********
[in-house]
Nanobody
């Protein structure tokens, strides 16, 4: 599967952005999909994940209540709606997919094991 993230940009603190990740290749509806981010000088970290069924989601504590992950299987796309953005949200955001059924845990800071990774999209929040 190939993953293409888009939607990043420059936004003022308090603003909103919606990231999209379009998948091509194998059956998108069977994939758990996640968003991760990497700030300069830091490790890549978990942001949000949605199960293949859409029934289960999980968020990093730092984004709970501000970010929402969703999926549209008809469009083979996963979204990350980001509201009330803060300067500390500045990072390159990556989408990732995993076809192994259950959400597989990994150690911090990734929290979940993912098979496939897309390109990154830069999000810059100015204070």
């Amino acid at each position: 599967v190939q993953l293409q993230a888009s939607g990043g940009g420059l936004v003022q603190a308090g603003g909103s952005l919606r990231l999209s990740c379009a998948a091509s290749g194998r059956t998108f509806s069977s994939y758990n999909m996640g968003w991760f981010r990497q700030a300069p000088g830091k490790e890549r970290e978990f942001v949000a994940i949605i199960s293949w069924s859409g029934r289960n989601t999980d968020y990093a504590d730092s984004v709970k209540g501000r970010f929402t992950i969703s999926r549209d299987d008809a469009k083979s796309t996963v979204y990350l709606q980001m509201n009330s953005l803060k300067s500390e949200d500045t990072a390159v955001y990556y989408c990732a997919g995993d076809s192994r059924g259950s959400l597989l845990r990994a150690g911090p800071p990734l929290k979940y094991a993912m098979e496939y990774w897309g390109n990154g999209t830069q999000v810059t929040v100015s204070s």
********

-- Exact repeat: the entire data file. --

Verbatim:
[in-house]
Nanobody
């Protein structure tokens, strides 16, 4: 599967952005999909994940209540709606997919094991 993230940009603190990740290749509806981010000088970290069924989601504590992950299987796309953005949200955001059924845990800071990774999209929040 190939993953293409888009939607990043420059936004003022308090603003909103919606990231999209379009998948091509194998059956998108069977994939758990996640968003991760990497700030300069830091490790890549978990942001949000949605199960293949859409029934289960999980968020990093730092984004709970501000970010929402969703999926549209008809469009083979996963979204990350980001509201009330803060300067500390500045990072390159990556989408990732995993076809192994259950959400597989990994150690911090990734929290979940993912098979496939897309390109990154830069999000810059100015204070």
């Amino acid at each position: 599967v190939q993953l293409q993230a888009s939607g990043g940009g420059l936004v003022q603190a308090g603003g909103s952005l919606r990231l999209s990740c379009a998948a091509s290749g194998r059956t998108f509806s069977s994939y758990n999909m996640g968003w991760f981010r990497q700030a300069p000088g830091k490790e890549r970290e978990f942001v949000a994940i949605i199960s293949w069924s859409g029934r289960n989601t999980d968020y990093a504590d730092s984004v709970k209540g501000r970010f929402t992950i969703s999926r549209d299987d008809a469009k083979s796309t996963v979204y990350l709606q980001m509201n009330s953005l803060k300067s500390e949200d500045t990072a390159v955001y990556y989408c990732a997919g995993d076809s192994r059924g259950s959400l597989l845990r990994a150690g911090p800071p990734l929290k979940y094991a993912m098979e496939y990774w897309g390109n990154g999209t830069q999000v810059t929040v100015s204070s």